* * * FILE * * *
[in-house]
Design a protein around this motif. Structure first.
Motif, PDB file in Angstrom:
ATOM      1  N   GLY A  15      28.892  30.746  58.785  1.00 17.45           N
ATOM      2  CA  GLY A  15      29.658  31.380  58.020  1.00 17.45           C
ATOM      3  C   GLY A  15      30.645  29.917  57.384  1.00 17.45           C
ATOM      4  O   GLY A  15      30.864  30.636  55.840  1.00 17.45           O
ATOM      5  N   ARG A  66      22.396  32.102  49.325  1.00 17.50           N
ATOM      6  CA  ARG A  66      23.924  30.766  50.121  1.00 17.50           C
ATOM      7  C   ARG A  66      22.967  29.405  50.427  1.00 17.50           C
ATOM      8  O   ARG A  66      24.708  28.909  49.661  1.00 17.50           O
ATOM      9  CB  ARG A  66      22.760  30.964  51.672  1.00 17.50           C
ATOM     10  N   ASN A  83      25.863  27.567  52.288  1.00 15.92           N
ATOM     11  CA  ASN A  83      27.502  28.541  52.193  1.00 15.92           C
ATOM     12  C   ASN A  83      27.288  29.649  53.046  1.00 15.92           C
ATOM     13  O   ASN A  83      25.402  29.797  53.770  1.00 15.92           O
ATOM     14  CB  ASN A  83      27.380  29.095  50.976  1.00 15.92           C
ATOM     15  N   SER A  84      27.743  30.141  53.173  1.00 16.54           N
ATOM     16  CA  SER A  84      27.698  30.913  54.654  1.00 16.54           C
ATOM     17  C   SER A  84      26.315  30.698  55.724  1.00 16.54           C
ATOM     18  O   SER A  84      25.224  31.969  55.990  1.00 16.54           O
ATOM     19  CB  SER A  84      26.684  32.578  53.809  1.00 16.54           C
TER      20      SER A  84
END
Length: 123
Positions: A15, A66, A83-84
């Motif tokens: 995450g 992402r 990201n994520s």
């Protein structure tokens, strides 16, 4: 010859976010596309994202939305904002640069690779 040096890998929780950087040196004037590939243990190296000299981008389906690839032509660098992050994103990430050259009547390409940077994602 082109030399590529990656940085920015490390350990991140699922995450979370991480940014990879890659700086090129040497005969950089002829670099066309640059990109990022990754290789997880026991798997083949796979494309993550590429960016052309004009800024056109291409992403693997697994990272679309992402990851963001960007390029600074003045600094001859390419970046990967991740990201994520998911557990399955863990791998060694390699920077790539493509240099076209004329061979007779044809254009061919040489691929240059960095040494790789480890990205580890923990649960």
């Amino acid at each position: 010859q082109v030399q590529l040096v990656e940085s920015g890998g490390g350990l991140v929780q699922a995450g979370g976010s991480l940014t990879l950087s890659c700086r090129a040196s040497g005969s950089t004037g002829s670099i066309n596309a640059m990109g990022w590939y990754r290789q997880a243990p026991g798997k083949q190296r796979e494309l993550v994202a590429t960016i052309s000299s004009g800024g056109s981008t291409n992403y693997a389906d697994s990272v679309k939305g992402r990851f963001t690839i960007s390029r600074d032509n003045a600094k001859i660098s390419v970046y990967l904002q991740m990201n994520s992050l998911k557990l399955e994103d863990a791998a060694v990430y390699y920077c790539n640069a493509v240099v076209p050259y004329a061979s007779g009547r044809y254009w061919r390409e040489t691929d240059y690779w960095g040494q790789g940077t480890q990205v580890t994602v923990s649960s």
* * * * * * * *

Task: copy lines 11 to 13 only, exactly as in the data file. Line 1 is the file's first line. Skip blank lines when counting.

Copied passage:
ATOM      8  O   ARG A  66      24.708  28.909  49.661  1.00 17.50           O
ATOM      9  CB  ARG A  66      22.760  30.964  51.672  1.00 17.50           C
ATOM     10  N   ASN A  83      25.863  27.567  52.288  1.00 15.92           N